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Anh-Dung Nguyen, Jeffrey B. Taylor, Taylor G. Wimbish, Jennifer L. Keith and Kevin R. Ford

task trials, particularly the position of the trunk and pelvis. During a DVJ, the body’s COM is relatively confined in the frontal plane considering the large base of support during a double-leg landing task. This is in contrast to a small, single-limb base of support during an SLL task, which would

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Joseph B. Lesnak, Dillon T. Anderson, Brooke E. Farmer, Dimitrios Katsavelis and Terry L. Grindstaff

peak torque was used for data analysis. Figure 1 —Participants performed testing on an isokinetic dynamometer with hips flexed to 85° and knees flexed to 90.° Straps were used to secure the chest and pelvis, and a padded ankle strap was placed 5 cm proximal to the distal aspect of the lateral malleolus

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Julia Freedman Silvernail, Richard E.A. van Emmerik, Katherine Boyer, Michael A. Busa and Joseph Hamill

JF , Van Emmerik RE , Hamill J . Low back pain status affects pelvis–trunk coordination and variability during walking and running . Clin Biomech . 2011 ; 26 ( 6 ): 572 – 578 . doi:10.1016/j.clinbiomech.2010.11.012 10.1016/j.clinbiomech.2010.11.012 4. Needham R , Naemi R , Chockalingam

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Jonathan Sinclair and Paul J. Taylor

define the pelvis segment further, markers were positioned onto the anterior superior iliac spines (ASIS) and posterior superior iliac spines (PSIS). Carbon fiber tracking clusters were positioned onto the shank and thigh segments. The foot was tracked using the first metatarsal, fifth metatarsal, and

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Gustavo Ramos Dalla Bernardina, Tony Monnet, Heber Teixeira Pinto, Ricardo Machado Leite de Barros, Pietro Cerveri and Amanda Piaia Silvatti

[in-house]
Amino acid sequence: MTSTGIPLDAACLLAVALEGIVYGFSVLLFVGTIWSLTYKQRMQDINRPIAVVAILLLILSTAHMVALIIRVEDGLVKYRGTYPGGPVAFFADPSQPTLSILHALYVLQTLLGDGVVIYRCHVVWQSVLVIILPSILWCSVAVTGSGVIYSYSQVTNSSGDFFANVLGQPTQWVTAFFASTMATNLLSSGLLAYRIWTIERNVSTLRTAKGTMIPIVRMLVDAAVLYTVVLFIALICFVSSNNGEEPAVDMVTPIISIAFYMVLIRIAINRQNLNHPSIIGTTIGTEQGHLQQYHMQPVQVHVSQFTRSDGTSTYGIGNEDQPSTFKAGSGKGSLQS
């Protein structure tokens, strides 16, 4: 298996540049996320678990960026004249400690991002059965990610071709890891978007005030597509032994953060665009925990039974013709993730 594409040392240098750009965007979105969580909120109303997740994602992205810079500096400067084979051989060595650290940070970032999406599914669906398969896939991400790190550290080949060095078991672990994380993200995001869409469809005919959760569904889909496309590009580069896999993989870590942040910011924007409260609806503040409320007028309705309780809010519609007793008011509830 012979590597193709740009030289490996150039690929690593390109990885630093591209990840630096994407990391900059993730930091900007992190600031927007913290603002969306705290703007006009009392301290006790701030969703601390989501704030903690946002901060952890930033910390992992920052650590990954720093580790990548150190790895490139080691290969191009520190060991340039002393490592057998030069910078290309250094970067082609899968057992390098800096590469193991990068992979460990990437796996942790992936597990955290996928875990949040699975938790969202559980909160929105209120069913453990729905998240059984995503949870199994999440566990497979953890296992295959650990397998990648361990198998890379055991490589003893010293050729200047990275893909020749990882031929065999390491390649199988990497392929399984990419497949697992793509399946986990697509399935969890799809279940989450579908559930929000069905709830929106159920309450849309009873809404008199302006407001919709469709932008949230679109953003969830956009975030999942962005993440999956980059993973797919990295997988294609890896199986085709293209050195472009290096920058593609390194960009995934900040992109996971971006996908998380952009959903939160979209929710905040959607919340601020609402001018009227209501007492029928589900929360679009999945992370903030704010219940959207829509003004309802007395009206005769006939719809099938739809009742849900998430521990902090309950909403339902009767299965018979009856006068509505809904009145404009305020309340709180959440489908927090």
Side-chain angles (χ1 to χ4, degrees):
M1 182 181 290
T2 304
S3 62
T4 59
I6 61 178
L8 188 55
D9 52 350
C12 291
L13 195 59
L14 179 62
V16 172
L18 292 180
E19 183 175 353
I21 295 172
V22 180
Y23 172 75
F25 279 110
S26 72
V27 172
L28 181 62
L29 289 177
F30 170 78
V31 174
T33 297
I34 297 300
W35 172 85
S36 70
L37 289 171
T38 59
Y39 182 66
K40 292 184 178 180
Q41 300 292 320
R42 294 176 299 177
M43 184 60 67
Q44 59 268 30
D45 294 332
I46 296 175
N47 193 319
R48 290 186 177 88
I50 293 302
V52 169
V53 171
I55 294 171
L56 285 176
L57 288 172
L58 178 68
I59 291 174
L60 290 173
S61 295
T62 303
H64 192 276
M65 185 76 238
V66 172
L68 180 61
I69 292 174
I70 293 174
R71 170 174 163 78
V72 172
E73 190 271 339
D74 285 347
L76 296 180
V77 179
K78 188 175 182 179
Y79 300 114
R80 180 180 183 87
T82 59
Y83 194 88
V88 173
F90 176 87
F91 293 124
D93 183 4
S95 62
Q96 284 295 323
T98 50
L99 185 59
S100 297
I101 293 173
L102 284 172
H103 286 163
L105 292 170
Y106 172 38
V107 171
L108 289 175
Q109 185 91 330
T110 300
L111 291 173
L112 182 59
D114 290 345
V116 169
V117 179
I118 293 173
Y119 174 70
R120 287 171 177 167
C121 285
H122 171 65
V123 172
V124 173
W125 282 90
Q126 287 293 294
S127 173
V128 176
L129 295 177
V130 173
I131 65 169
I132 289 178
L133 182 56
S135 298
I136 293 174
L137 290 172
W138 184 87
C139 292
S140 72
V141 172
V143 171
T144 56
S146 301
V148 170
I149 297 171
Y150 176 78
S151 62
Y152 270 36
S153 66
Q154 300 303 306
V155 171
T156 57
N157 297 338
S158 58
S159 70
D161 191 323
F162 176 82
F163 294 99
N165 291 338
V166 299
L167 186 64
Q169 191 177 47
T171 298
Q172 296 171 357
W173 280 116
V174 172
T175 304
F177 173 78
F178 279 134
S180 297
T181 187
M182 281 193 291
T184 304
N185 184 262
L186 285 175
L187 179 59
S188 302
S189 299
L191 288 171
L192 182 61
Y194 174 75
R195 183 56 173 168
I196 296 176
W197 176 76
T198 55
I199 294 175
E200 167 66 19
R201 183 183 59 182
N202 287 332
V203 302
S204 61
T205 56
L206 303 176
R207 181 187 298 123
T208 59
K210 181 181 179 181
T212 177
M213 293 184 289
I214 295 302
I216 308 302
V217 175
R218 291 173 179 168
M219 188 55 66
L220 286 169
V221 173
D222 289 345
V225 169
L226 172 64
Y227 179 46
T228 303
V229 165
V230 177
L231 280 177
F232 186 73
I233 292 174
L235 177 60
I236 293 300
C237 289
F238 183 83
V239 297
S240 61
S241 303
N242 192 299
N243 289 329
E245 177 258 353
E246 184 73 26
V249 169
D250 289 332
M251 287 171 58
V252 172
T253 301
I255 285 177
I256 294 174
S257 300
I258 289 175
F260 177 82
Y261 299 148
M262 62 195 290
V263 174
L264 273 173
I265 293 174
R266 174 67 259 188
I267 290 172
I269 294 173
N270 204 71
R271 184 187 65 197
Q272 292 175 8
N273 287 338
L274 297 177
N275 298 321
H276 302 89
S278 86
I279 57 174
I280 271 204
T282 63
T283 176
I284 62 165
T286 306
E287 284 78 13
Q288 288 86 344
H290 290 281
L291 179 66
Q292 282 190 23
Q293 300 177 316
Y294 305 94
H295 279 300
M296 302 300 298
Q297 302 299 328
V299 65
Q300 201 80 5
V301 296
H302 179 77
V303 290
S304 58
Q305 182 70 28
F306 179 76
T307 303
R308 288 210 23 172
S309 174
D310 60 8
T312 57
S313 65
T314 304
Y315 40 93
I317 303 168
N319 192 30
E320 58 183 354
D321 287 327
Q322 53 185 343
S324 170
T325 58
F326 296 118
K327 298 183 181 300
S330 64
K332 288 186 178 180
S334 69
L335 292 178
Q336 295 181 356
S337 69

-selected speed. Four markers, located at the anterior and posterior superior iliac spines, accounted for pelvis kinematics. For both lower limbs, 3 markers, placed at femur greater trochanter, femur lateral epicondyle, and fibula lateral malleolus, described the flexion–extension angle of the knee. For the

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TaeYeong Kim, JaeHyuk Lee, SeJun Oh, Seungmin Kim and BumChul Yoon

, symmetrically rhythmic, and transferred from the back to the rider’s pelvis. The movement practice of a rider on horseback is associated with greater improvements in muscle strength 8 and activation, 9 and also perceived mental and emotional status. 10 However, the effects of horseback riding exercise are

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Marie Lund Ohlsson, Jonas Danvind and L. Joakim Holmberg

of the spinal column is an inappropriate posture because it is related to other risk factors. For example, flexion of the spinal column while lifting causes high anterior shear force in the intervertebral discs. 5 Also, sitting causes the pelvis to tilt backward and the spine to flex slightly

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Benjamin R. Wilson, Kaley E. Robertson, Jeremy M. Burnham, Michael C. Yonz, Mary Lloyd Ireland and Brian Noehren

injury risk. The Y Balance Test requires the subject to be able to control his or her body while maintaining a single-leg stance. Potentially, this requires adequate hip girdle strength to maintain stability of the pelvis and trunk throughout the test. Although relationships have been reported between

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Sajad Bagherian, Khodayar Ghasempoor, Nader Rahnama and Erik A. Wikstrom

injury risk in male football players, 9 female college athletes, 10 and male military candidates. 11 The lateral step-down (LSD) test can be used to rate the quality of movement based on the alignment of the trunk, pelvis, and knee 12 with scores ranging from 0 to 6. 13 The Y balance test (YBT) was

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Angélica Ginés-Díaz, María Teresa Martínez-Romero, Antonio Cejudo, Alba Aparicio-Sarmiento and Pilar Sainz de Baranda

the knees, hips, and pelvis bring the lumbar spine into a flatter alignment in which it is more vulnerable to morphological stress damage. 18 , 19 On the other hand, dressage riders use long stirrups that allow the rider to assume an upright position. In this way, lumbar lordosis remains in a natural